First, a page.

Sept. 25 (Bloomberg) -- Tokyo Electric Power Co., operator of the crisis-ridden Fukushima Dai-Ichi nuclear station, vowed to press ahead with plans to restart another atomic plant in Niigata prefecture that’s key to its return to profitability.
“We’d like to file for safety inspection after gaining approval from the prefecture,” Tokyo Electric President Naomi Hirose told reporters today after meeting with Hirohiko Izumida, the governor of Niigata prefecture where the utility’s Kashiwazaki-Kariwa nuclear power plant is located. “We’d like to ask them to give us permission soon.”
Izumida has said Tokyo Electric, or Tepco, put profit ahead of safety and has demanded additional questions about the original Fukushima disaster of March 2011 be answered before he’ll agree to approve the restart of Kashiwazaki-Kariwa. The Niigata plant, the world’s largest nuclear power station by generating capacity, sits on a site by the Sea of Japan on the opposite coast from Fukushima.
In a bid to win local approval, Hirose today said Tepco will set up a secondary nuclear venting system at the No. 6 and No. 7 reactors at Kashiwazaki-Kariwa. Under new safety rules, nuclear power plants in Japan must install radiation filter vents. Additional vents could cost several billion yen, Hirose said today.
Kashiwazaki-Kariwa, 220 kilometers (137 miles) northwest of Tokyo, consists of seven reactor units ranging in age from 16 years old to 28 years old, according to the Nuclear Regulation Authority, Japan’s nuclear regulator.
In July, Izumida refused to approve Tepco’s plans to restart the No. 6 and 7 reactors, saying the utility failed to consult enough with the local community.
The debate over Kashiwazaki-Kariwa has been complicated by the leaking of contaminated water from Tepco’s Fukushima plant into the Pacific Ocean. Fukushima fishermen today said they’d started fishing again on a trial basis after no radioactive materials were detected in sea water following tests by prefectural officials.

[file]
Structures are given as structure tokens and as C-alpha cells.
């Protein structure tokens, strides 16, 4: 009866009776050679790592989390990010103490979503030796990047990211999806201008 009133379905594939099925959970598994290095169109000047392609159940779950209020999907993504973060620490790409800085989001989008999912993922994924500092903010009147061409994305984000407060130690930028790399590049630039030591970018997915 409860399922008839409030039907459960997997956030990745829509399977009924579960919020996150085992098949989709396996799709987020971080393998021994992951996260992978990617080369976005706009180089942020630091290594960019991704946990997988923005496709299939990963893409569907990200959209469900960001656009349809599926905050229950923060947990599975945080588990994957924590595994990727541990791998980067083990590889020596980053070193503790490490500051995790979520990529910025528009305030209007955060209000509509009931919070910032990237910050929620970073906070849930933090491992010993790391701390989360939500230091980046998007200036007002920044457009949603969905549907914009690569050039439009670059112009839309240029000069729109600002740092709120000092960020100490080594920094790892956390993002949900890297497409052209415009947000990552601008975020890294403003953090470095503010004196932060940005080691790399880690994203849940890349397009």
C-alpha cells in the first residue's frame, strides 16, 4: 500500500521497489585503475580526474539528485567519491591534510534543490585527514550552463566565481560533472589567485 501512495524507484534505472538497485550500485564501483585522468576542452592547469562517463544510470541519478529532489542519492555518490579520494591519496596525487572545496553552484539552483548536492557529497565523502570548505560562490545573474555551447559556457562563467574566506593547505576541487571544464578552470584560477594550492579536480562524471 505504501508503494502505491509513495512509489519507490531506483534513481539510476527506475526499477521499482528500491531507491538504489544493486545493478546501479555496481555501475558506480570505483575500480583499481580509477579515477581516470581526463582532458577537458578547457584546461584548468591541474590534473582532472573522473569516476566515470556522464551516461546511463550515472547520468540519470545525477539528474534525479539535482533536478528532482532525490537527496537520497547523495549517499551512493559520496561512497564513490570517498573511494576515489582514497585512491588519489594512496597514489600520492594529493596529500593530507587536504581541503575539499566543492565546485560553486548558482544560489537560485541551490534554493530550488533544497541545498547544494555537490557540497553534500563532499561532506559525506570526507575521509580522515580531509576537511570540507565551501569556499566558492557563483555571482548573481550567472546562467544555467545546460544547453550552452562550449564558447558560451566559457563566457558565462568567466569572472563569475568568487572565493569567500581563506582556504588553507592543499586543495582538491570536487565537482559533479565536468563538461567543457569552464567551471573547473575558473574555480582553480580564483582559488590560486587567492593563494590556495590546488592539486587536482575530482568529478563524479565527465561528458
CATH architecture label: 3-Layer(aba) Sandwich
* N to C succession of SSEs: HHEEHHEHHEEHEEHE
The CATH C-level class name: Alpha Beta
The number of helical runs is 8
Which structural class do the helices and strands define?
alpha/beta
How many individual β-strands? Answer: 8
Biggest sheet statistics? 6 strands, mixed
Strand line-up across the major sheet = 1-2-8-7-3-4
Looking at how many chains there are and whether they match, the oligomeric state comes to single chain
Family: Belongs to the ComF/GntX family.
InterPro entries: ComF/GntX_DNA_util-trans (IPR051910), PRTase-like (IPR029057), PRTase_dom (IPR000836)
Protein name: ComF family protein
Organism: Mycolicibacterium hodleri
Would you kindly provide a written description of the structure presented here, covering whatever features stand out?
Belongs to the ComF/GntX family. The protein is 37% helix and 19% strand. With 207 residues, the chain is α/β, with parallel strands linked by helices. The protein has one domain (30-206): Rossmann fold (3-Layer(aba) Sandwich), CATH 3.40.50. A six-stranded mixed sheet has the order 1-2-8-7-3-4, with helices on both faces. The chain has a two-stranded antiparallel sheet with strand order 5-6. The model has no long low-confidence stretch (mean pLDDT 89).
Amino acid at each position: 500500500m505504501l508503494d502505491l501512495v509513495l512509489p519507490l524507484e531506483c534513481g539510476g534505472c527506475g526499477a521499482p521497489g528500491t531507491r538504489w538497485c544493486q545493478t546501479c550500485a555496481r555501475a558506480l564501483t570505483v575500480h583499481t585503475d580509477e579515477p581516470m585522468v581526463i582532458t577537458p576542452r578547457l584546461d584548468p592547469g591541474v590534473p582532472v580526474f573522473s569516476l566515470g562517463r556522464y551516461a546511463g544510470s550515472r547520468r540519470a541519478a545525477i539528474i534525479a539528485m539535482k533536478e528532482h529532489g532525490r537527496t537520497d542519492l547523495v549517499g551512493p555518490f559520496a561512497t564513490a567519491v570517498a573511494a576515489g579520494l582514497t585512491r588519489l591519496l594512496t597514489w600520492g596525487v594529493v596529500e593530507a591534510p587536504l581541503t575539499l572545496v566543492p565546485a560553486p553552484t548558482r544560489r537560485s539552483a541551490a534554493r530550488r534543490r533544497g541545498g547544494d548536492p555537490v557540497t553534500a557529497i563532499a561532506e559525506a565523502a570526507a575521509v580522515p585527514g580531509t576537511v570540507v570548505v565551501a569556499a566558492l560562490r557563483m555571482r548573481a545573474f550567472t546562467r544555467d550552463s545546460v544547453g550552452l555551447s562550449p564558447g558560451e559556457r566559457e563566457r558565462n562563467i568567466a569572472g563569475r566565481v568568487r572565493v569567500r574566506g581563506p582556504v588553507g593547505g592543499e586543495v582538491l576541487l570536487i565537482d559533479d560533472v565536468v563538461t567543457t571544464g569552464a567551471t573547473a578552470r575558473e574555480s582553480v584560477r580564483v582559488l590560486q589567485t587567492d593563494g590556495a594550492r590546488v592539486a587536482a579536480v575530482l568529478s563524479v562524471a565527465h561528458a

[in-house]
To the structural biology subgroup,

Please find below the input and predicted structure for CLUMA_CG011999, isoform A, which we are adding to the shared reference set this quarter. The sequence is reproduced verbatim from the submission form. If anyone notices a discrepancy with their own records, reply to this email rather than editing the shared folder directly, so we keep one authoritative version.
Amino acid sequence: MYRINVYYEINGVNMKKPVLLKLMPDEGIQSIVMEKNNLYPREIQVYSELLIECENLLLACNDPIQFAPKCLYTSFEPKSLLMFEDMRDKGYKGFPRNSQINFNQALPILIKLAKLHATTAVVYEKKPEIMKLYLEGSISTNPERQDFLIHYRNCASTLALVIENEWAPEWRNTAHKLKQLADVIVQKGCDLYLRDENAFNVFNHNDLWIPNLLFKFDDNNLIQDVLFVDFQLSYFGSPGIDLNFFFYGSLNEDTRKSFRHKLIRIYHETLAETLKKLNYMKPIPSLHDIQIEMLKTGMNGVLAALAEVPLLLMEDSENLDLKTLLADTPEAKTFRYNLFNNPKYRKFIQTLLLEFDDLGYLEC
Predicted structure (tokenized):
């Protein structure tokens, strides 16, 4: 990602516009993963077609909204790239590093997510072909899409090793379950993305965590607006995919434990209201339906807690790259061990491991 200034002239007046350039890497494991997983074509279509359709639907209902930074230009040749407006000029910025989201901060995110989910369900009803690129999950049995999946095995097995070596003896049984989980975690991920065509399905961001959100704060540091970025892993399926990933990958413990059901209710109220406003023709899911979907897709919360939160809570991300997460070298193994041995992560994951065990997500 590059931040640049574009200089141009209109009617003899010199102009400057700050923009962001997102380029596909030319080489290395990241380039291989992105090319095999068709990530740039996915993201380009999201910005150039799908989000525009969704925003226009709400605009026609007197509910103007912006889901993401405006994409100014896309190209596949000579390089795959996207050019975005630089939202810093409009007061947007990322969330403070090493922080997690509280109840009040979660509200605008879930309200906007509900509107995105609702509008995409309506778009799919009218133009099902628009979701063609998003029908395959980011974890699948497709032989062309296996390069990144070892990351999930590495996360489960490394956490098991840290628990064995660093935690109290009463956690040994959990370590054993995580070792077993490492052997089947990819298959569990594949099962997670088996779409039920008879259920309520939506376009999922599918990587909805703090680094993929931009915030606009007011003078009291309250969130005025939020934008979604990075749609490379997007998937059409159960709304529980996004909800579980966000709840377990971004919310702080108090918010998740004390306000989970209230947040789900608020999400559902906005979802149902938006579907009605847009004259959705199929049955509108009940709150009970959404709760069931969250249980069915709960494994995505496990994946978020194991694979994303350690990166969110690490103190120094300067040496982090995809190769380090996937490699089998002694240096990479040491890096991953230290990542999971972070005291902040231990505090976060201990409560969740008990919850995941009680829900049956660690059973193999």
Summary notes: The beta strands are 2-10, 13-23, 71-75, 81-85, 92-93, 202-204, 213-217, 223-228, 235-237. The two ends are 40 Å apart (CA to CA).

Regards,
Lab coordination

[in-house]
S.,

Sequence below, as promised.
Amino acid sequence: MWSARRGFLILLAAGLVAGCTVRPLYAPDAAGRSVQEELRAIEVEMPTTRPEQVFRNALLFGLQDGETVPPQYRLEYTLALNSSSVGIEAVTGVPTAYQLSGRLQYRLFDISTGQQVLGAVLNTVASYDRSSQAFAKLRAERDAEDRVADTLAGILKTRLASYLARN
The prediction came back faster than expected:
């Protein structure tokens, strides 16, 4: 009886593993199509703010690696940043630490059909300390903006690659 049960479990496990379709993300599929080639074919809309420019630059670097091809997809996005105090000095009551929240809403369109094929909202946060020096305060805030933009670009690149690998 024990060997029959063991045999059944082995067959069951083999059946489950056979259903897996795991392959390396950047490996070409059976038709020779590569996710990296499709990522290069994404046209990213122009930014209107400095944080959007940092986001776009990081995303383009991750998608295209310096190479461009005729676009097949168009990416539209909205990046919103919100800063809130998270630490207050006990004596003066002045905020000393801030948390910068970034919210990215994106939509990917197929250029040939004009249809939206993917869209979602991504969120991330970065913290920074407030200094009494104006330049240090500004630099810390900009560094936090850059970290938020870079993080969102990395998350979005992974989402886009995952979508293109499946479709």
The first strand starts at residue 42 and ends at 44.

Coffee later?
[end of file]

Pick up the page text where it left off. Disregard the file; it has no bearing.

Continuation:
Were Kashiwazaki-Kariwa’s reactors to be fully operational, the plant would be able to produce 8.2 gigawatts of energy, almost 18 percent of the country’s entire functioning nuclear fleet and enough power to supply about 2.7 million Japanese households. Kashiwazaki-Kariwa’s reactors have been idle since the No. 6 reactor was halted for scheduled maintenance in March 2012.
If operations at Kashiwazaki-Kariwa remain suspended, Tepco would need to increase the rate it charges consumers for electricity by 8.5 percent to 10 percent as early as January to achieve a pretax profit for the year to March 2014, a company document obtained by Bloomberg News showed. Tepco serves 29 million people in the Tokyo metropolitan area, the world’s largest.
Tepco, which had a 685.3 billion yen ($6.9 billion) loss last fiscal year, said in May 2012 that it would return to profit this year if reactors at the Niigata plant are restarted.
Tepco said on Sept. 21 that it won’t request a safety inspection from the regulator before gaining consent from Niigata’s governor. Hirose reiterated today that Niigata’s approval is critical.
Japan’s utilities are in the process of seeking approval to restart their reactors under rules designed after the Fukushima disaster.
Chubu Electric Power Co. today said it will strive to apply for safety checks at its Hamaoka nuclear plant in the fiscal year ending in March. Chubu’s Hamaoka nuclear plant, which lies close to an active fault line, was shut in 2011 after the utility accepted government calls to address safety concerns at the site.
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